May is skin cancer awareness month and a topic that definitely needs some attention brought to it. Skin cancer is the most common type of cancer; however, it’s also the most treatable if detected early. According to the CDC, more than five million people are treated for skin cancer every year in the United States.
With skin being the body’s largest organ, it’s easy to see why skin cancer is so prevalent. Unfortunately, the incidence of all types of skin cancer only continues to rise each year, and the elderly are at particular risk. Because older adults have had prolonged exposure to the sun and other carcinogens, they are at a greater risk for developing skin cancer later in life.
What is Skin Cancer?
Skin cancer is the abnormal growth of skin cells that begins in the epidermis. It can develop anywhere on the body but is more likely to form on areas exposed to the sun, such as the face, neck, ears, and scalp. Skin cancer can affect anyone, but fair-skinned individuals and those with blond or red hair are at a greater risk.
There are three main types of skin cancer, as well as actinic keratosis, a precancerous type.
Actinic Keratosis (AK) is considered precancer because, if left untreated, it can develop into squamous cell carcinoma. It appears as a dry, scaly patch.
Basal Cell Carcinoma (BCC) is the most common form of skin cancer and usually looks like a white bump or bleeding sore that won’t heal. BCC is slow-growing and rarely spreads to other parts of the body but can still affect surrounding tissue.
Squamous Cell Carcinoma (SCC) is the second most common type of skin cancer and is more aggressive than basal cell carcinoma. It appears as a rough, scaly patch, bump, or growth that may heal and then reopen. SCC is more likely to spread to other parts of the body, including the lymph nodes.
Melanoma is the most aggressive form of skin cancer and usually resembles a mole or black/brown patch that changes shape. If left untreated, this cancer affects nearby tissue and can spread to other parts of the body and become deadly.
Skin Cancer Diagnosis and Treatment
Skin cancer is diagnosed through excision and biopsy. This is done by slicing away a small portion to be examined by a pathologist. There are several effective treatment methods depending on the size and location of the cancerous lesion. You can use topical medications for precancerous cells as well as limited basal cell carcinoma. Other treatments methods for skin cancer include:
Excisional surgery – where the entire growth is removed along with surrounding healthy skin to be safe.
Curettage and electrodesiccation – a technique that uses a sharp instrument known as a curette to scrape out the cancerous tissue and then an electric needle to cauterize the edge.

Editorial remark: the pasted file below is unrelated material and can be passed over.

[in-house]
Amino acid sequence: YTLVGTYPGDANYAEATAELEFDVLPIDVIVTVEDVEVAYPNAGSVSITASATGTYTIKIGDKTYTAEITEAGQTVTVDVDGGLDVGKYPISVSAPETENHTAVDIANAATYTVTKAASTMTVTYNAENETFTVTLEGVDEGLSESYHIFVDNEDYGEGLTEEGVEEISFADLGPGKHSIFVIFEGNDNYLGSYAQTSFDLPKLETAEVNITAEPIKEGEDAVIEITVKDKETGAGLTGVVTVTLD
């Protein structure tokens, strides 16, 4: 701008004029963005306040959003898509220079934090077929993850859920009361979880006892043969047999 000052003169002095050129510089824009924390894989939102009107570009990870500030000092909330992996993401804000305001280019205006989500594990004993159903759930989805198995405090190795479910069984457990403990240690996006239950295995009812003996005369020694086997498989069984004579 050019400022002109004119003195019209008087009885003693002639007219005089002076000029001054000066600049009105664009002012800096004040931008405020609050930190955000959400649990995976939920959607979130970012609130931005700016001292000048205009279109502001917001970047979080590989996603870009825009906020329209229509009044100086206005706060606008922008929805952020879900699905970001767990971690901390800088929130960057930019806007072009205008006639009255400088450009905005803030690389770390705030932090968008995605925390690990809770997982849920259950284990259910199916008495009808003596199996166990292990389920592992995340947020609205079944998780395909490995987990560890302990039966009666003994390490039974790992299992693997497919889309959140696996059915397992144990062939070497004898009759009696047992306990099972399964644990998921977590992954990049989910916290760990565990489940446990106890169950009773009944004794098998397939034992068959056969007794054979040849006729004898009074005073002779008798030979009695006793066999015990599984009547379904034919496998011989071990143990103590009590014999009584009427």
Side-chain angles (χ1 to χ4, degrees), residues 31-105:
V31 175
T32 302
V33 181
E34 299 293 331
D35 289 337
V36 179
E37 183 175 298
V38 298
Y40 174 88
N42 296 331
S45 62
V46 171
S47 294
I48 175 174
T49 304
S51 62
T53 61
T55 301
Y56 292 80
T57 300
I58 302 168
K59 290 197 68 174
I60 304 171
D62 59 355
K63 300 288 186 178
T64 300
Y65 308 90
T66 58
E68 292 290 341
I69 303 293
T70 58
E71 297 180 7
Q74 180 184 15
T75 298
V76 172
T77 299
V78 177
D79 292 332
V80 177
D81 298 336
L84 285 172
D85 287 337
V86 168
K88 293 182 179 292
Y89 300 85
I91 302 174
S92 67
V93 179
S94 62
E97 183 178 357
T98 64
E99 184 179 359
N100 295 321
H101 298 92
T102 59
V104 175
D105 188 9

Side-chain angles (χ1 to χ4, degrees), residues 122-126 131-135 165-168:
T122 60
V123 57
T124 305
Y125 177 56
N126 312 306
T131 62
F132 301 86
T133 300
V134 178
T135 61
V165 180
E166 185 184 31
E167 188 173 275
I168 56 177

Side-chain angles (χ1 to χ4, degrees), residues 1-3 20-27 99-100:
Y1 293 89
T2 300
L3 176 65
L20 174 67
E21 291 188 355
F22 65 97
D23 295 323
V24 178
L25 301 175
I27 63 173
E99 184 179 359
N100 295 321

Mohs surgery – removes cancerous tissue layer by layer until cancer is no longer detected. This technique prevents the harming of healthy tissue and reduces the chance of recurrence.
For extreme cases, you make need to seek radiation therapy.
Every situation is different and will require an individualized treatment plan. If you suspect you may have skin cancer, you should contact your provider or dermatologist for an examination.
Prevention is Key – How to Prevent Skin Cancer in Older Adults
Sun exposure and sunburns are the leading causes of skin cancer. On average, your risk for melanoma doubles if you’ve had more than five sunburns in your life. Unfortunately, you can’t erase your adolescent years spent in the sun, but you can take precautions now!
When outside, wear protective clothing and, most importantly, do so even on a cloudy day. According to the Skin Cancer Foundation, cloud cover only filters out around 20 percent of UV rays. Rays can penetrate clouds as well as reach below the water’s surface. So, there’s really no escaping the sun’s damage; you just have to be smart and protect yourself.
The sun’s damaging UV rays are strongest in the middle of the day. So try to minimize your sun exposure from 10 a.m. to 4 p.m. And when possible, stay in shady areas to block the sun’s rays.
Always, always, always apply sunscreen with an SPF of 30 or higher. This is your first and main line of defense against the sun’s rays. Don’t forget the tops of your feet, earlobes, and neck. You can often overlook those areas, and they are the quickest places to burn.
Early Detection Saves Lives
When detected early, the five-year survival rate for melanoma is 99 percent. That’s some pretty good odds. But that means you are taking care of yourself and being proactive with your skincare and health.
Make sure you perform regular self-exams and if you notice a new or suspicious spot, call your dermatologist right away. Most types of skin cancer are highly treatable and curable if detected early!